Thursday, April 20, 2017

Estate Planning For Dummies

estate planning
At some point, all of us will have to do some type of estate planning (unless of course, a technological singularity means that we get to live forever) - and it’s never too early to start thinking about it. There’s a perception out there that estate planning is only something the rich have to worry about. However, even if your estate is small, you still might want to consider who gets what. After all, tax issues can mount up quickly without significant planning.

Offset Taxes With Insurance

The beneficiaries of your assets can end up losing a lot of money when they receive inheritance assets, thanks to estate and income taxes. However, many of these losses can be offset by having life insurance in place.

To understand how, consider the following example. Suppose that your estate planning attorney estimates that you owe more than $200,000 in income and property taxes. All you need to do is purchase life insurance to cover than amount to be paid to whoever is going to receive your assets. This will ensure that they receive the full value, despite the government taking a cut since life insurance proceeds are tax-free.

Declare Who Gets What

Most people just assume that if they don’t write a will, then their estate will be divided up and given to their family. And while this is true, there’s nothing in the law that says who should get what specifically. For many people, this can be problematic. For instance, you might want to pass on a classic car to a particular member of your family. But if you leave the government to divide up your estate, there’s no guarantee that the correct beneficiary will receive the car.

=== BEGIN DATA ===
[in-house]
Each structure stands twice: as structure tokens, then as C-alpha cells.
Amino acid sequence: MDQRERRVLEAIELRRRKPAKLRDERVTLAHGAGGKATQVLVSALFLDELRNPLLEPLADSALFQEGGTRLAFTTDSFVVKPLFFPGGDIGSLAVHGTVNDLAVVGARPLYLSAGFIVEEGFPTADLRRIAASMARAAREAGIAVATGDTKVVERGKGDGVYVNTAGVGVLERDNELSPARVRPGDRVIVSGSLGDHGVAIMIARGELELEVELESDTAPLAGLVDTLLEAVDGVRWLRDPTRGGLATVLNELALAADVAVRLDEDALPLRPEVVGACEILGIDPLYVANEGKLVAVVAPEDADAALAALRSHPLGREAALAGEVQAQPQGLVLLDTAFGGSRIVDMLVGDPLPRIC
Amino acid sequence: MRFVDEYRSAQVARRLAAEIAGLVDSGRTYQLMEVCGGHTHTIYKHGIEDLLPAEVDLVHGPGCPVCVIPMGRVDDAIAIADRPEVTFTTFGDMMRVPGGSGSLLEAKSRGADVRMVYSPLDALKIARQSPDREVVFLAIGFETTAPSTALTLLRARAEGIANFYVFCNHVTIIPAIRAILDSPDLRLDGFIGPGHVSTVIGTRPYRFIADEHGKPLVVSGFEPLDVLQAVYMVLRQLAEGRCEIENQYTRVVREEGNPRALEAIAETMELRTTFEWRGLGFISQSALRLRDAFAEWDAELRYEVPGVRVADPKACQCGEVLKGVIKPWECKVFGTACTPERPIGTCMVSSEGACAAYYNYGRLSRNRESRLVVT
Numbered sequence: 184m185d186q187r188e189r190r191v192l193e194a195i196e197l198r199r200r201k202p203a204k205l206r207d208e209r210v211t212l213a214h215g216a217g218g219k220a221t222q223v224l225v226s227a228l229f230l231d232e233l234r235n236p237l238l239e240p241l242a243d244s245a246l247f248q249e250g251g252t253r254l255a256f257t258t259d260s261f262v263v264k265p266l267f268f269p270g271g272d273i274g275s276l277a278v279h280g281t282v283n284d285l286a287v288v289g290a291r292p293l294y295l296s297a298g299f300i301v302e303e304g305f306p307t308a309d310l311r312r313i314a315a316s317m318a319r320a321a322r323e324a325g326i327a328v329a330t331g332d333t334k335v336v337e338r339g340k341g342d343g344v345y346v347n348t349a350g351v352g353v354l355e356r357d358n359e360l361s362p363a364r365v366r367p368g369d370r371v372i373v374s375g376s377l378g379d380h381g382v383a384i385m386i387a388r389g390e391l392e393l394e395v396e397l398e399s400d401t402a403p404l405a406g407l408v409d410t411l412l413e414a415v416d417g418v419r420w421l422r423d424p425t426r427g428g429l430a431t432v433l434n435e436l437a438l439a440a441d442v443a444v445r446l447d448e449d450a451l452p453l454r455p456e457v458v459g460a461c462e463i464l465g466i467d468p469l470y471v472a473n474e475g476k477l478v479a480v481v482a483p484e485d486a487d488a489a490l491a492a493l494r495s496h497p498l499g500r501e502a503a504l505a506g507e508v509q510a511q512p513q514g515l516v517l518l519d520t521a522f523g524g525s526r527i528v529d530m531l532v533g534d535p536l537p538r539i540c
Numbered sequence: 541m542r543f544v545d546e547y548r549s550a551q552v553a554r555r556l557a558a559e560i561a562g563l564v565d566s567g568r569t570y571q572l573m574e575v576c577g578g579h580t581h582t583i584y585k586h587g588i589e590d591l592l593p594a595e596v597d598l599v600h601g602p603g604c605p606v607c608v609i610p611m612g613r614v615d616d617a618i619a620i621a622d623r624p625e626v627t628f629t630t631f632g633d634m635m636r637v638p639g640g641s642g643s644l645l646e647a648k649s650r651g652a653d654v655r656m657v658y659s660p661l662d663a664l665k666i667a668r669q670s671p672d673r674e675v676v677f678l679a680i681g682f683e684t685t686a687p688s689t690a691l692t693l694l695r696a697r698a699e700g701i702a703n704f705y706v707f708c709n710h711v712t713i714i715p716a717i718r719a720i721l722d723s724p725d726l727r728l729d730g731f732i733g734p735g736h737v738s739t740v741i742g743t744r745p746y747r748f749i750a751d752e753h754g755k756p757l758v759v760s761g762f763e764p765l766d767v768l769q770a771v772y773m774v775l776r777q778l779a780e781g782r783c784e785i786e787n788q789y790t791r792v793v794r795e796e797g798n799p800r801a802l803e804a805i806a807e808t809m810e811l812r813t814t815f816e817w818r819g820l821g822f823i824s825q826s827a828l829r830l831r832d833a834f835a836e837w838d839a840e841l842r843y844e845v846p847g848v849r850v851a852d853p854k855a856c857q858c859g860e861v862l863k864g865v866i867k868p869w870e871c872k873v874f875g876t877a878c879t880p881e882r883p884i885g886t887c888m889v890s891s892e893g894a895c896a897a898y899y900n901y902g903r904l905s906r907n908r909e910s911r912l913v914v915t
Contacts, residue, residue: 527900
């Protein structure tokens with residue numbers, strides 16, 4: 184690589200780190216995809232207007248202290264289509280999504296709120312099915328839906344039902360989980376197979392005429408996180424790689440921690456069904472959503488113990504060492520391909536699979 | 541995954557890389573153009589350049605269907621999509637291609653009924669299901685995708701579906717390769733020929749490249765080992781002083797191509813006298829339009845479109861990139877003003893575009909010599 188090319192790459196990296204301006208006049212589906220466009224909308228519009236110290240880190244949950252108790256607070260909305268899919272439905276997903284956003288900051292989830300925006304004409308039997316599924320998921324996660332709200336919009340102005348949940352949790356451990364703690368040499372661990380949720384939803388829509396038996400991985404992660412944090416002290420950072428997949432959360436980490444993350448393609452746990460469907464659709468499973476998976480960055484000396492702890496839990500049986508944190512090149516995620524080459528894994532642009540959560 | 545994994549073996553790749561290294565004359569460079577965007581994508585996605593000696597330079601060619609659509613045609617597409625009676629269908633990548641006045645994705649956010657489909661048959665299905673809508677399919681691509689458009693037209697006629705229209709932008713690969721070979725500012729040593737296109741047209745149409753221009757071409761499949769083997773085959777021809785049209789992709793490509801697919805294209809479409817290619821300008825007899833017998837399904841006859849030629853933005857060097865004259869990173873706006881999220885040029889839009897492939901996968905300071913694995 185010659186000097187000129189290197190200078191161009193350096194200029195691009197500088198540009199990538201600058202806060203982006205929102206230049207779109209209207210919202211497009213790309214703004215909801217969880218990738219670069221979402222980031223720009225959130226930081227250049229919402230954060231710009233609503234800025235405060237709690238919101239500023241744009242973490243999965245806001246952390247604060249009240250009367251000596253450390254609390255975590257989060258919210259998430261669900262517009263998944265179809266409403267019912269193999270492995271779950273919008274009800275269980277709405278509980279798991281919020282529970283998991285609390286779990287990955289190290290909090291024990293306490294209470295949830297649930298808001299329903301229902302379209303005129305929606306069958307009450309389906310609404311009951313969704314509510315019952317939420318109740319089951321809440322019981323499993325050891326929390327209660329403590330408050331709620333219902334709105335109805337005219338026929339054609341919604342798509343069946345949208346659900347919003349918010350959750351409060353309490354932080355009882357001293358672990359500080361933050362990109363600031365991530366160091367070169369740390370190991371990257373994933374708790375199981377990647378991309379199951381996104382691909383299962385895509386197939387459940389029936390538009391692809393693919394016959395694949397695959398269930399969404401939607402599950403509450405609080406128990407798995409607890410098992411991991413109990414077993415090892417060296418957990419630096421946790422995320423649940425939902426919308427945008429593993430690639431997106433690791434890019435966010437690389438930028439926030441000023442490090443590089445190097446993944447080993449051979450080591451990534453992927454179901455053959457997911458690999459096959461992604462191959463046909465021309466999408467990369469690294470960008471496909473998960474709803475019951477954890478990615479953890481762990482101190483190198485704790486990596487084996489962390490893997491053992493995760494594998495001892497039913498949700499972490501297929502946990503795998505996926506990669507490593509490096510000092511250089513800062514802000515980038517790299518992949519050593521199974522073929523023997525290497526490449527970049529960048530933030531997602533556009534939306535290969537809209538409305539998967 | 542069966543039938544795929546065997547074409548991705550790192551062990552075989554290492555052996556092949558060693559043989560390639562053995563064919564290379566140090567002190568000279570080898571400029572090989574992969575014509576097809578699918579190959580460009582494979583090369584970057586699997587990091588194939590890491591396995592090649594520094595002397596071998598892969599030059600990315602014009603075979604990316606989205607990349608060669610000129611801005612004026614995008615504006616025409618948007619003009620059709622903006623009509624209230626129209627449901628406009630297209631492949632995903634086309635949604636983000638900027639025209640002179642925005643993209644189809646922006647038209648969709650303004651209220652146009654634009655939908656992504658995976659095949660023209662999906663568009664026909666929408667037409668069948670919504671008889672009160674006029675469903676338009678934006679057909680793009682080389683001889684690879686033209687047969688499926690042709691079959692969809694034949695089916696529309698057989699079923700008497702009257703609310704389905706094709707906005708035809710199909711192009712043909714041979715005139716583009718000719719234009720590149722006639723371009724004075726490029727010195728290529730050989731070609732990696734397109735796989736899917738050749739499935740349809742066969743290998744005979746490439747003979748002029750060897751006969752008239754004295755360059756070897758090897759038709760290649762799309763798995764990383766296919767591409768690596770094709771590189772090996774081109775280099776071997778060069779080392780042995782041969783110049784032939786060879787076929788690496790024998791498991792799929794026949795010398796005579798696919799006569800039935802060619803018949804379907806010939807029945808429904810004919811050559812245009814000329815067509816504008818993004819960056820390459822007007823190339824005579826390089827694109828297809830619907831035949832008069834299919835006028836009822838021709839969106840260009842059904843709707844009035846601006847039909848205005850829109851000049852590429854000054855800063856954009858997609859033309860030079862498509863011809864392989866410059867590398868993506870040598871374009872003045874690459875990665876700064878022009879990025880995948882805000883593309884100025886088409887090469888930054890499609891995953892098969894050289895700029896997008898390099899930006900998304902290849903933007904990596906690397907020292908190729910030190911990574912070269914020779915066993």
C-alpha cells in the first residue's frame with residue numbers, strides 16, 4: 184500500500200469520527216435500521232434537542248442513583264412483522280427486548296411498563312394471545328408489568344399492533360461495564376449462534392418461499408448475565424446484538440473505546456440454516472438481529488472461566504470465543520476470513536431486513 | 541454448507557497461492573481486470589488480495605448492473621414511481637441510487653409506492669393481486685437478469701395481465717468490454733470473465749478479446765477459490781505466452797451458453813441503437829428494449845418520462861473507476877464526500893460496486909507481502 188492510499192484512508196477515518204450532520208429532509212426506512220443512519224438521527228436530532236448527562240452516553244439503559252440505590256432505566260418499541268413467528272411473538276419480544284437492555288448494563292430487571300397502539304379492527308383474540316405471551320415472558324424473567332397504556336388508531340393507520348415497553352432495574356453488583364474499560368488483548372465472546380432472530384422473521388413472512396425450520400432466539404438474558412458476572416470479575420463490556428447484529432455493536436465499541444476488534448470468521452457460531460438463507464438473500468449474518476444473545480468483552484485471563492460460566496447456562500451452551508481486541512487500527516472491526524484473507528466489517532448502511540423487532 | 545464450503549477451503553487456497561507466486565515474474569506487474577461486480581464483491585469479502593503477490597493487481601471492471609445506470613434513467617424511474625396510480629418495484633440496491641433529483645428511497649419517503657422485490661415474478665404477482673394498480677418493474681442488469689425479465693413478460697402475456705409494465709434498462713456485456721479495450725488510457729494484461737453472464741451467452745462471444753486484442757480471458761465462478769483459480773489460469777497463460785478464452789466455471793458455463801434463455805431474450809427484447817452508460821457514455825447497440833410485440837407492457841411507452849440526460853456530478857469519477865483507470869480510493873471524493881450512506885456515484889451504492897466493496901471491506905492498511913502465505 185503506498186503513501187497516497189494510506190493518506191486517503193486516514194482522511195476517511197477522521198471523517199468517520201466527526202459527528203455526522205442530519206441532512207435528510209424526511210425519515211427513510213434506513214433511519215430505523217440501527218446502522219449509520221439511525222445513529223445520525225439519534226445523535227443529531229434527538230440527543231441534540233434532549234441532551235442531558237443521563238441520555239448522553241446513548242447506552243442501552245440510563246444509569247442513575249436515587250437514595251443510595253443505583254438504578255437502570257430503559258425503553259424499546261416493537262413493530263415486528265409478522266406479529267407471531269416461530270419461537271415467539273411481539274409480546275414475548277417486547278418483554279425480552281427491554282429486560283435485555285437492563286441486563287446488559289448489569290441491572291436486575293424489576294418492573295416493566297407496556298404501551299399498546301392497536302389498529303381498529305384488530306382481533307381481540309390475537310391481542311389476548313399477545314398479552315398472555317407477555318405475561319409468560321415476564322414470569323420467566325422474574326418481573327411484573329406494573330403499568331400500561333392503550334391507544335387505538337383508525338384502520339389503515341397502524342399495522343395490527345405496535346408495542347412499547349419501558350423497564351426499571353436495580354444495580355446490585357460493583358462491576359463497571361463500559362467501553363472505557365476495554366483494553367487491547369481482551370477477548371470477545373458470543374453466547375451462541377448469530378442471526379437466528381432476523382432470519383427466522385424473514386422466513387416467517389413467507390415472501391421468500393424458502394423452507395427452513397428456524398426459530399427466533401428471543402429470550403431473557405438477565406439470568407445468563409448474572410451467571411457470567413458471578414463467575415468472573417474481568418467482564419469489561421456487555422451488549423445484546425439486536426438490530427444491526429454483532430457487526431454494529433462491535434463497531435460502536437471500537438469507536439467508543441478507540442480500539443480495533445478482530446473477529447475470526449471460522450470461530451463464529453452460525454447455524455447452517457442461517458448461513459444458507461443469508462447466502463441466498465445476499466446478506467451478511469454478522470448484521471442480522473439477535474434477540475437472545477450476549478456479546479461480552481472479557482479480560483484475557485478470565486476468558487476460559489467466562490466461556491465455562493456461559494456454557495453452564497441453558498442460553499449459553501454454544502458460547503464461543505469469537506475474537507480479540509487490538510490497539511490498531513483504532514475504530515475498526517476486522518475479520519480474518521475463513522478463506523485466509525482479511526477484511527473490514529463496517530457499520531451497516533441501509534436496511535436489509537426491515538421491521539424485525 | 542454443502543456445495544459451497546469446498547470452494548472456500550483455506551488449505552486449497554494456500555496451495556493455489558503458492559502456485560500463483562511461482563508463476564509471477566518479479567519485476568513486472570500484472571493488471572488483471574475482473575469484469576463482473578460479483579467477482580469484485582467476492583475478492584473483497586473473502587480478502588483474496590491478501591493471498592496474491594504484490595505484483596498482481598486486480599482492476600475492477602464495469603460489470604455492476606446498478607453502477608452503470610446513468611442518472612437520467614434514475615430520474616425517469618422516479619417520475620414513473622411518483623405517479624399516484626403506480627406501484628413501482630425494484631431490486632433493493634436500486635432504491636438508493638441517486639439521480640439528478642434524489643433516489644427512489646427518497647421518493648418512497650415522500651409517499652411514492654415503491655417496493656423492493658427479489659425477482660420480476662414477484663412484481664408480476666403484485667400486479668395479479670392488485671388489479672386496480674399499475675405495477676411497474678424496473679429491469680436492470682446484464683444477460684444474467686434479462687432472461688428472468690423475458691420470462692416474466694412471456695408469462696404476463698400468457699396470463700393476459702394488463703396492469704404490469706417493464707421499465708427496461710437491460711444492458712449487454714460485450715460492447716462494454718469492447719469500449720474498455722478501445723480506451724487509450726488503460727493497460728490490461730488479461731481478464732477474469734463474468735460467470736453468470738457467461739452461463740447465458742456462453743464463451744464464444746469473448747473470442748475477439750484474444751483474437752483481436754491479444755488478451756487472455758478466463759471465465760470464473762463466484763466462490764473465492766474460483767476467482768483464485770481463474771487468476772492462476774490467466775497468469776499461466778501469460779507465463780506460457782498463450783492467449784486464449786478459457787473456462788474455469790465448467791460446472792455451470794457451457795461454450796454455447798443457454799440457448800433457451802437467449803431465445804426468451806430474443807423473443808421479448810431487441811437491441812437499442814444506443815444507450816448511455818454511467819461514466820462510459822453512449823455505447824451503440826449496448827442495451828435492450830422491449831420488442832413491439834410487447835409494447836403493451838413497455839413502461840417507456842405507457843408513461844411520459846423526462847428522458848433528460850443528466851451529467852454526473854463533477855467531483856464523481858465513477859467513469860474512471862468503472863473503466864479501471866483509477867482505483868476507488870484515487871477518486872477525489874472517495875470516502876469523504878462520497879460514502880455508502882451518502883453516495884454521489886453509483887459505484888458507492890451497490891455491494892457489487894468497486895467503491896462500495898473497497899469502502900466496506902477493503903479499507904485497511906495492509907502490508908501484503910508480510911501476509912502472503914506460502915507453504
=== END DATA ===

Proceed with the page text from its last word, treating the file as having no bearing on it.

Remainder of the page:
Another reason to declare who gets what is if you plan to give money to people who aren’t your next of kin. In these situations, you’ll need to explicitly declare their share in a witnessed, formal will.

Choose How The Money Will Be Spent

You may plan to have some of your assets cover particular expenses, like the cost of a new car or college education. If that’s the case, then you might want to place some of your money in a trust so that it is earmarked for a particular project. Trusts ensure that the person receiving the money - the trustee - spends it on the thing that you say they have to spend it on.

Minimize Income And Estate Taxes

If you’re leaving a substantial estate, there’s a good chance that you’ll owe a significant amount of property and income taxes. Though these taxes can be burdensome, there are ways to reduce them. For instance, one way to reduce the amount of tax is to leave your taxable assets to institutions, like charities, which are tax exempt. You can then give your other beneficiaries all your assets which are tax-exempt, such as after-tax savings, life insurance payouts and retirement accounts.

To reduce your overall tax burden, you’re also able to give beneficiaries tax-free gifts up to the value of $13,000 a year.

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